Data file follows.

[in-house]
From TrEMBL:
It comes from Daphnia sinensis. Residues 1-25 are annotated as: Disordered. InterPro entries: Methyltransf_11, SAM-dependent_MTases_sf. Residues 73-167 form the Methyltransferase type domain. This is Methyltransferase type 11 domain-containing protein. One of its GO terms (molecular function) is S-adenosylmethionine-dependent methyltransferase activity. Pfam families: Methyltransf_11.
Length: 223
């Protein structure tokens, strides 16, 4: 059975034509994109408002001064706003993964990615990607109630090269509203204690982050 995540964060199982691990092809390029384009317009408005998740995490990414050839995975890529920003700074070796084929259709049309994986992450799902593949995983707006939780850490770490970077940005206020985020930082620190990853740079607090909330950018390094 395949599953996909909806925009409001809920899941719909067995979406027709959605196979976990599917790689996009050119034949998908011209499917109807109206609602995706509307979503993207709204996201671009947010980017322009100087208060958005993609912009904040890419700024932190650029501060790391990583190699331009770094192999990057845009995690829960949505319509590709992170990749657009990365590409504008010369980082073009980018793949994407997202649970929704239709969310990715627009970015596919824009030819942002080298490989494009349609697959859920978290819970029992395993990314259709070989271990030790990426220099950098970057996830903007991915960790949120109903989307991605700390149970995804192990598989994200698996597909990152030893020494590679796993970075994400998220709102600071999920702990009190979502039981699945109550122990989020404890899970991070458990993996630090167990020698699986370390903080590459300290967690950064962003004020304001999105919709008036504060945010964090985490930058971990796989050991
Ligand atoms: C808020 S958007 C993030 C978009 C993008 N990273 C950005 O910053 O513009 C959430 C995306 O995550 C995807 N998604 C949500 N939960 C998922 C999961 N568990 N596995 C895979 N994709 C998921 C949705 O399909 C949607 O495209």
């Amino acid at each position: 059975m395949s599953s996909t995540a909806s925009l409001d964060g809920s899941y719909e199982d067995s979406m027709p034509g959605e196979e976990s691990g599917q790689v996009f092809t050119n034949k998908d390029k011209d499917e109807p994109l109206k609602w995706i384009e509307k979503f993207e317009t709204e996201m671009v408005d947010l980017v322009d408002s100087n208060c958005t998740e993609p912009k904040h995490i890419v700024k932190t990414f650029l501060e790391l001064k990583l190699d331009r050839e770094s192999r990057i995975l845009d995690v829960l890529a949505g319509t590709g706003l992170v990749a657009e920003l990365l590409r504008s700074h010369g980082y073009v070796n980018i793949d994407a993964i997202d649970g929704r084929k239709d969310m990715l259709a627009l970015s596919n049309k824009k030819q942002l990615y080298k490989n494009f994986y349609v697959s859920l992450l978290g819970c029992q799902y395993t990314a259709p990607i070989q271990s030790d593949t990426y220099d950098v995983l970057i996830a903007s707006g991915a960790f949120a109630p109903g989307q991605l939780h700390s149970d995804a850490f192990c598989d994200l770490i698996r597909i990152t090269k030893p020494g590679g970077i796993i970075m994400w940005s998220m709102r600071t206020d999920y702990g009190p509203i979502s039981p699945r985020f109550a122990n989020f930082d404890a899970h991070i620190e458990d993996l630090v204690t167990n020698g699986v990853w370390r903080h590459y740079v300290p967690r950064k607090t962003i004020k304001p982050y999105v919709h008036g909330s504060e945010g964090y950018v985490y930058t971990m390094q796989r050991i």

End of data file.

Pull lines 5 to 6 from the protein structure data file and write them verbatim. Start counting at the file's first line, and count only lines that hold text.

């Protein structure tokens, strides 16, 4: 059975034509994109408002001064706003993964990615990607109630090269509203204690982050 995540964060199982691990092809390029384009317009408005998740995490990414050839995975890529920003700074070796084929259709049309994986992450799902593949995983707006939780850490770490970077940005206020985020930082620190990853740079607090909330950018390094 395949599953996909909806925009409001809920899941719909067995979406027709959605196979976990599917790689996009050119034949998908011209499917109807109206609602995706509307979503993207709204996201671009947010980017322009100087208060958005993609912009904040890419700024932190650029501060790391990583190699331009770094192999990057845009995690829960949505319509590709992170990749657009990365590409504008010369980082073009980018793949994407997202649970929704239709969310990715627009970015596919824009030819942002080298490989494009349609697959859920978290819970029992395993990314259709070989271990030790990426220099950098970057996830903007991915960790949120109903989307991605700390149970995804192990598989994200698996597909990152030893020494590679796993970075994400998220709102600071999920702990009190979502039981699945109550122990989020404890899970991070458990993996630090167990020698699986370390903080590459300290967690950064962003004020304001999105919709008036504060945010964090985490930058971990796989050991
Ligand atoms: C808020 S958007 C993030 C978009 C993008 N990273 C950005 O910053 O513009 C959430 C995306 O995550 C995807 N998604 C949500 N939960 C998922 C999961 N568990 N596995 C895979 N994709 C998921 C949705 O399909 C949607 O495209």